Think of you spending plan as a helpful guide. Beyond the expenses in your breakthrough number (the four walls), you should consider your spending in other areas, such as your marketing, projects, supporting persons (not employees), and business processes. Creating a marketing budget, creating a budget for contractors, and a budget for things like accountants and payroll allows you to make decisions throughout the month on where to maybe spend more, or where to cut back.

 

How much you can afford to spend will be something you need to work out based on your business’s goals and income but have numbers down. I’ve seen one too many businesses hire people or launch a campaign and then run out of money before things could be completed. Because they bought into what sounded awesome, not what was really affordable at that moment in their business.

 

Plan to Make Changes Throughout the Month

 

Guess what? My spending plans RARELY go unchanged throughout the month. Typically, at least one thing changes. Maybe I made a small investment into a resource or course that became available. Or I decided to move a project forward sooner than planned because of an opportunity that I wasn’t expecting. The thing is, having a written plan allows me to make those decisions.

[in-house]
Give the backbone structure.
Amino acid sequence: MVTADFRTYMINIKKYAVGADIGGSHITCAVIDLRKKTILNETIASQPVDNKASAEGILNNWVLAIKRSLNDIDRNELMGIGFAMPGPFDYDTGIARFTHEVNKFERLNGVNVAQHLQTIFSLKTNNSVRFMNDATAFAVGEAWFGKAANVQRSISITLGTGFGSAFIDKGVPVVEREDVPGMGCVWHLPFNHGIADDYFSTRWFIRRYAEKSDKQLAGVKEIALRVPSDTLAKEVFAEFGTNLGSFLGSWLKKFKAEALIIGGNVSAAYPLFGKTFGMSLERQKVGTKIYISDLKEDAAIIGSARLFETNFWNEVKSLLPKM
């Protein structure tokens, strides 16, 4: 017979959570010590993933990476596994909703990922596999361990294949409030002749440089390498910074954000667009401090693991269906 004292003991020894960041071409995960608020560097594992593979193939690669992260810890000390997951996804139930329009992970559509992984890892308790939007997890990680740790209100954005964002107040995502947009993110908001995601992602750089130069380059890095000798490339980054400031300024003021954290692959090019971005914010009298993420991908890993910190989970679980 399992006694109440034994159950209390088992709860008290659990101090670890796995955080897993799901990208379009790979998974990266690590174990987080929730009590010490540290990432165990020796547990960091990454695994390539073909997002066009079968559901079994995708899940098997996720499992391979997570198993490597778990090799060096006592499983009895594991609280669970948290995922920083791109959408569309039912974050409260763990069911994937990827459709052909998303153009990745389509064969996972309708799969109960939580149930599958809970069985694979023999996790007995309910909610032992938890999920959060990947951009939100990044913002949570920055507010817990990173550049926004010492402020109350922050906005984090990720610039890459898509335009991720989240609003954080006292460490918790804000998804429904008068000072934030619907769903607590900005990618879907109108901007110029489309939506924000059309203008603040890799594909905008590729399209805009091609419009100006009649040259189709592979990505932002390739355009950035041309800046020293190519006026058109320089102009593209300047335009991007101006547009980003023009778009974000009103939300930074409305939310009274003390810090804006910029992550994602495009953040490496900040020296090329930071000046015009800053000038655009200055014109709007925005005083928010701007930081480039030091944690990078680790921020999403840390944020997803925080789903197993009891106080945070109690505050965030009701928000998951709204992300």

Unexpected changes are, well, to be expected. When you have your plan in front of you have a baseline. Then consider what comes up. You can ask yourself, “Can I afford this? Is it moving us towards the vision? Does this work better now or later?” Your answers will then guide whether you want to spend now or not. But with a good written plan you will already know what money has been allocated, what’s left, and how much extra has come in the door to guide you.

If you need some guidance in creating your spending plan, and getting your business money stuff straight and stress-free, join me in the live Profit 101 course starting July 1st 2020. For more information on what we cover in the course, including the six pillars of your business money, visit https://entremoneycoach.com/profit-101 . Doors close on June 30th.